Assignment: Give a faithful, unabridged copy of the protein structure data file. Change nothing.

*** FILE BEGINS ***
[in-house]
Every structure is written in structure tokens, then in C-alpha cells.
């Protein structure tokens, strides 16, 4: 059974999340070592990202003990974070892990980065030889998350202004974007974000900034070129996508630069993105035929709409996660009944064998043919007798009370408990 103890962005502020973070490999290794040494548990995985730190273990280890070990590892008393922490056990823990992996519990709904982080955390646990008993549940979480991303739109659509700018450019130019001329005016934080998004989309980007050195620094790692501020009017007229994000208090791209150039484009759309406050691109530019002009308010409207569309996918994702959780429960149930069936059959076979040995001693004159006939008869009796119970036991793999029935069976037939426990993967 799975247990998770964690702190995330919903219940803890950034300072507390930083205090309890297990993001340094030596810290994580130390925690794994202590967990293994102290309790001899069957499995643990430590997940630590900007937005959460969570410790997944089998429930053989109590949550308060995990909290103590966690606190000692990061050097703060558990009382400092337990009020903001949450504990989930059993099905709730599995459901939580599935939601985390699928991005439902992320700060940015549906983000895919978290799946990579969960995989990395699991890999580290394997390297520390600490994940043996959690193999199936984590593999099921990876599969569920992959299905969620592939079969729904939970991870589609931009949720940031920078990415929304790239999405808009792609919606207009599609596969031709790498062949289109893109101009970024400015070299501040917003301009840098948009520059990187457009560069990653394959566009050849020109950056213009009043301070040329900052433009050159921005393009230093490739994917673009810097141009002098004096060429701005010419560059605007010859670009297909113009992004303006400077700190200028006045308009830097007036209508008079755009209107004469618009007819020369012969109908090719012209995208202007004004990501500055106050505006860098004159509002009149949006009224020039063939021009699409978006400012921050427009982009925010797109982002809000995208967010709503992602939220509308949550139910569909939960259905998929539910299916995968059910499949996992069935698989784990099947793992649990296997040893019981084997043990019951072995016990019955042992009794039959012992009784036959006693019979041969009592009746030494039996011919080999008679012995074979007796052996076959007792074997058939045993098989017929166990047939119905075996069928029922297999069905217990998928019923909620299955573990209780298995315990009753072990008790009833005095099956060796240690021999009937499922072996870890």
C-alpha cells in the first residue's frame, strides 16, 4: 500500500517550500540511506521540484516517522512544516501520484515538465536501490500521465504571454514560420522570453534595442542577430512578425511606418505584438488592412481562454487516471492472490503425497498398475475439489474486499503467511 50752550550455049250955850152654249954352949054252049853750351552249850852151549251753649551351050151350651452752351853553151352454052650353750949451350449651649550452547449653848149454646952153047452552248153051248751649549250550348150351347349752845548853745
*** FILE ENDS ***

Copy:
[in-house]
Every structure is written in structure tokens, then in C-alpha cells.
């Protein structure tokens, strides 16, 4: 059974999340070592990202003990974070892990980065030889998350202004974007974000900034070129996508630069993105035929709409996660009944064998043919007798009370408990 103890962005502020973070490999290794040494548990995985730190273990280890070990590892008393922490056990823990992996519990709904982080955390646990008993549940979480991303739109659509700018450019130019001329005016934080998004989309980007050195620094790692501020009017007229994000208090791209150039484009759309406050691109530019002009308010409207569309996918994702959780429960149930069936059959076979040995001693004159006939008869009796119970036991793999029935069976037939426990993967 799975247990998770964690702190995330919903219940803890950034300072507390930083205090309890297990993001340094030596810290994580130390925690794994202590967990293994102290309790001899069957499995643990430590997940630590900007937005959460969570410790997944089998429930053989109590949550308060995990909290103590966690606190000692990061050097703060558990009382400092337990009020903001949450504990989930059993099905709730599995459901939580599935939601985390699928991005439902992320700060940015549906983000895919978290799946990579969960995989990395699991890999580290394997390297520390600490994940043996959690193999199936984590593999099921990876599969569920992959299905969620592939079969729904939970991870589609931009949720940031920078990415929304790239999405808009792609919606207009599609596969031709790498062949289109893109101009970024400015070299501040917003301009840098948009520059990187457009560069990653394959566009050849020109950056213009009043301070040329900052433009050159921005393009230093490739994917673009810097141009002098004096060429701005010419560059605007010859670009297909113009992004303006400077700190200028006045308009830097007036209508008079755009209107004469618009007819020369012969109908090719012209995208202007004004990501500055106050505006860098004159509002009149949006009224020039063939021009699409978006400012921050427009982009925010797109982002809000995208967010709503992602939220509308949550139910569909939960259905998929539910299916995968059910499949996992069935698989784990099947793992649990296997040893019981084997043990019951072995016990019955042992009794039959012992009784036959006693019979041969009592009746030494039996011919080999008679012995074979007796052996076959007792074997058939045993098989017929166990047939119905075996069928029922297999069905217990998928019923909620299955573990209780298995315990009753072990008790009833005095099956060796240690021999009937499922072996870890």
C-alpha cells in the first residue's frame, strides 16, 4: 500500500517550500540511506521540484516517522512544516501520484515538465536501490500521465504571454514560420522570453534595442542577430512578425511606418505584438488592412481562454487516471492472490503425497498398475475439489474486499503467511 50752550550455049250955850152654249954352949054252049853750351552249850852151549251753649551351050151350651452752351853553151352454052650353750949451350449651649550452547449653848149454646952153047452552248153051248751649549250550348150351347349752845548853745